“I must say l'm delighted with the improvement from your chip, its on the standard settings and the difference in the car is amazing!!! I have a smile on my face every time I get in the car, and there is about 5-7mpg improvement. With the mileage l do, l can see myself getting my money back in no time at all. So if your a doubter like me, don't be because its one of the best things l've ever bought!!!”
Ian from Manchester
Audi A6 MK4 3.0 BiTDI 313
“A friend recommended one of your "gadgets" a year ago and being not-very-techno (but Scottish and keen to save money!) I bought one. The gizmo has TRANSFORMED the performance of my Land Rover Freelander 2 TD4 AND improved the fuel economy by a genuine 15%; so much so that I have bought another one for our Freelander 2 SD4 which is now a REAL Q-car! (And of course saves fuel...) I have never written a review before (though strangely I do read them and take notice of them, whilst half-believing that they are written by the owner's chums!) so to have made me pick up pen & paper so to speak - I MUST be delighted! Thanks for making technology so simple and so successful!”
Andrew from Lochwinnoch
Land Rover Freelander (2) SD4 190
“As do many, I took the 'if it sounds too good to be true, it probably is' approach to performance chips. But CHIP Express were recommended by an impeccable source who had had experience with their product on my model of car - a Citroën C6 with the 2.7 HDi twin turbo diesel. Following a first rate response to a query, the product has delivered in spades. Ten days and more than 1000 miles of mixed town, country, low and high speed driving later I am certainly getting more than 10% more from a gallon, and probably 15%, and the performance is markedly better. Low speed response is immediate and has eradicated what I took to be baked-in lag in a big automatic turbo diesel, and mid-range acceleration is silky smooth, including up inclines. A very good car has been turned into the excellent car I had hoped for all along.”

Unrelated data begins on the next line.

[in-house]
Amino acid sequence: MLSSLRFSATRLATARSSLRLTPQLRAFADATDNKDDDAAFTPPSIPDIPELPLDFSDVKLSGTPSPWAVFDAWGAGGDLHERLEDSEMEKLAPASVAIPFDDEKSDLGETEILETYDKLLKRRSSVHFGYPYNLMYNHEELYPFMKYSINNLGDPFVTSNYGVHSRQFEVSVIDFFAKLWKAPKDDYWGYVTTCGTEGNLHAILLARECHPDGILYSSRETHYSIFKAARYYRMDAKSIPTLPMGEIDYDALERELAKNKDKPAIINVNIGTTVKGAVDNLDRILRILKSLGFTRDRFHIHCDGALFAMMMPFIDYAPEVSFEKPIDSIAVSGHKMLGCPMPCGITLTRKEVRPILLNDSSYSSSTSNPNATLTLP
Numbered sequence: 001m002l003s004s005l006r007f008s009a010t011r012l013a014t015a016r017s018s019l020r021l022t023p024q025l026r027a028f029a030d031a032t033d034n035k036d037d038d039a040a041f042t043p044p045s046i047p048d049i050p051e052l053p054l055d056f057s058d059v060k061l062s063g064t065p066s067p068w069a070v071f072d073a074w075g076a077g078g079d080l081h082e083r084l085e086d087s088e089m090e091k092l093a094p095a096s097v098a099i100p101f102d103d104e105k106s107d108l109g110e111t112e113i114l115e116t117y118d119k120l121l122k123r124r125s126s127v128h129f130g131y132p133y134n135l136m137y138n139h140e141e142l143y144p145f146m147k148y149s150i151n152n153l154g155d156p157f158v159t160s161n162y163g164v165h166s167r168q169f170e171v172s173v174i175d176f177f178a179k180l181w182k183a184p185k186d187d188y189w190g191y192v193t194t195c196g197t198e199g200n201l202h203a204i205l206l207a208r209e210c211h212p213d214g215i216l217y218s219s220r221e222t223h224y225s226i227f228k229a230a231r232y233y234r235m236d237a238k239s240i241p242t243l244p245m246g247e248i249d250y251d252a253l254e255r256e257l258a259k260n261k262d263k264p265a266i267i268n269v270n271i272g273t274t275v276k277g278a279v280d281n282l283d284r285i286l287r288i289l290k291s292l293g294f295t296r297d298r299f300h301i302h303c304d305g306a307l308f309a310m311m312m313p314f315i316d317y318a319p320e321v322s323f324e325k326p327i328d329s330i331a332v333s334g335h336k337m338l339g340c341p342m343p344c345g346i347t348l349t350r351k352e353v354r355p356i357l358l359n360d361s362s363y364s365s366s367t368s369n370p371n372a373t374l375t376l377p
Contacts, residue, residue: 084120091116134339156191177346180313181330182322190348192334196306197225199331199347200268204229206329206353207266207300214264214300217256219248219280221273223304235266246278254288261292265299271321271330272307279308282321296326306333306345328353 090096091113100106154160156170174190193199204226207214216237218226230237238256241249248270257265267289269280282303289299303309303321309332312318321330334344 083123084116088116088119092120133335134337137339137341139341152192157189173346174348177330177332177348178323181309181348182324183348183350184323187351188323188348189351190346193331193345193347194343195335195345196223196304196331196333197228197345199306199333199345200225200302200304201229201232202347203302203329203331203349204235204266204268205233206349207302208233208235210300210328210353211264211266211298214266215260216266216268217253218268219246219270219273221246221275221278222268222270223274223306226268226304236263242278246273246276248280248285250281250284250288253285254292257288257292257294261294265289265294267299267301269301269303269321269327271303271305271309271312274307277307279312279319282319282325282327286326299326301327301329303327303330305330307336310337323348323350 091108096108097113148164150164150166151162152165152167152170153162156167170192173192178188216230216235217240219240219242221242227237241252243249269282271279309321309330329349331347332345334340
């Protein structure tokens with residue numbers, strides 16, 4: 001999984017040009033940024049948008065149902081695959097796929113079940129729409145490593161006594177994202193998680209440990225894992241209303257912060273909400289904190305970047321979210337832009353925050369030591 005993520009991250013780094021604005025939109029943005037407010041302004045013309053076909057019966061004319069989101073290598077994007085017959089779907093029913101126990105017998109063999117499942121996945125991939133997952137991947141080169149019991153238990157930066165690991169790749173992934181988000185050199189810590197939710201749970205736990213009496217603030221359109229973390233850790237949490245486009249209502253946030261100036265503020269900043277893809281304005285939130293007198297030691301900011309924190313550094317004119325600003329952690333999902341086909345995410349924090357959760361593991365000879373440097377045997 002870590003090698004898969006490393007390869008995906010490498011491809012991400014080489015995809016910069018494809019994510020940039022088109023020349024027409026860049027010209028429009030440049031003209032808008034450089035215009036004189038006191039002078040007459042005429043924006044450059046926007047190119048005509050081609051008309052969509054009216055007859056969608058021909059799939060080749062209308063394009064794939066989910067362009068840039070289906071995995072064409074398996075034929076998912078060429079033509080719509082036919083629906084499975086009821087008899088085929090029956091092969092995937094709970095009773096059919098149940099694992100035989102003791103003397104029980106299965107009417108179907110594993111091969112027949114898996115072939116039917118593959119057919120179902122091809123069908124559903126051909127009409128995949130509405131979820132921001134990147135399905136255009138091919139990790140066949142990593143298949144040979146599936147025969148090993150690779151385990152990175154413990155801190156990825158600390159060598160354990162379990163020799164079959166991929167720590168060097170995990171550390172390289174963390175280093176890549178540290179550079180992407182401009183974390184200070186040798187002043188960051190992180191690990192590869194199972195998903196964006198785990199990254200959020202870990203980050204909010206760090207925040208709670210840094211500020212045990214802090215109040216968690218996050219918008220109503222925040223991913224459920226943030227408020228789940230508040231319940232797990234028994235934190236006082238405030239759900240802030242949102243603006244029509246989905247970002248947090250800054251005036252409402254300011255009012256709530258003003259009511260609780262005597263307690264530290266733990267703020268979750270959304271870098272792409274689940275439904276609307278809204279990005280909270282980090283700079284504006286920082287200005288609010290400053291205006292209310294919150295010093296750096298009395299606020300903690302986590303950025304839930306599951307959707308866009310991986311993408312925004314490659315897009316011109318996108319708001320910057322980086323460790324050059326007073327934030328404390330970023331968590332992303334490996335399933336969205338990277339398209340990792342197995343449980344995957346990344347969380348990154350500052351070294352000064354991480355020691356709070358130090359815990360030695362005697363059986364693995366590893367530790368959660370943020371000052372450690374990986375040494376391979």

Simon from Ketteringham
Citroen C6 2.7 HDi 204
“Be assured, this is NO gimmick. Arrived yesterday (less then 24 hours after the order was placed) and fitted today. The fitting was easy especially with the photos and instructions sent with the chip. The first thing I noticed was the responsiveness of the engine from a standing start, no more lag. I then went on a 30 minute drive both motorway and sideroads and my average fuel consumption went UP from 33.3mpg to 38.7mpg. My motorway speed varied from 60 to 85mph and the sideroads from zero to 40mph. I am so pleased with the whole result. This is worth every single penny paid. Thank you!”
Edwin from Bridgend
Ford Kuga MK2 2.0 TDCi 163
“A good product and a good service deserves recognition: I fitted a CHIP Express unit to my Insignia. What an amazing bit of kit! My fuel economy and performance went way up and with the mileage I do was a Godsend! On a run to Aberdeen from Hull I returned an average of 62 MPG and I drive quite energetically! I've just taken up the trade in offer and saved a few quid on a new system. The Vauxhall has now gone with 125,000 trouble free miles and I have changed car to a Volvo S60 D3. I'm looking forward to fitting the Chip Express unit and reaping the rewards, thanks guys!”
Frazer from Skirlaugh
Vauxhall Insignia MK1 2.0 CDTI ecoFLEX 130
“I was a sceptic at first, then after reading the experiences others had been through I decided to give it a go. I bought a new 1.7 CRDI Sportage, not the 2ltr purely for better fuel figures. Whilst this engine pulls very well in standard form, and was returning 44-45mpg even during the first 500 miles I had to go down the CHIP Express route. Well, there is absolutely no point in forking out the extra 2 grand for the 2 litre model when you can get the 1.7 and spend much less to get 2 litre power figures. Excuse the cliché’s, but this car is transformed and by a big margin too. From what I can remember about my 2 litre test drive, my 1.7 now pulls better than the 2 litre version. The low-down grunt is remarkable and pulls like the proverbial train. Fitting took minutes and was effortless, the box was kept on factory settings, I feel there is no need to mess with it. Needless to say I am now a very happy boy and would without question take this route again. I would recommend this to any diesel Sportage owner. Many, many thanks for a remarkable product and a customer service that is rare in this country!”
Ron from Thetford
Kia Sportage MK3 1.7 CRDI 116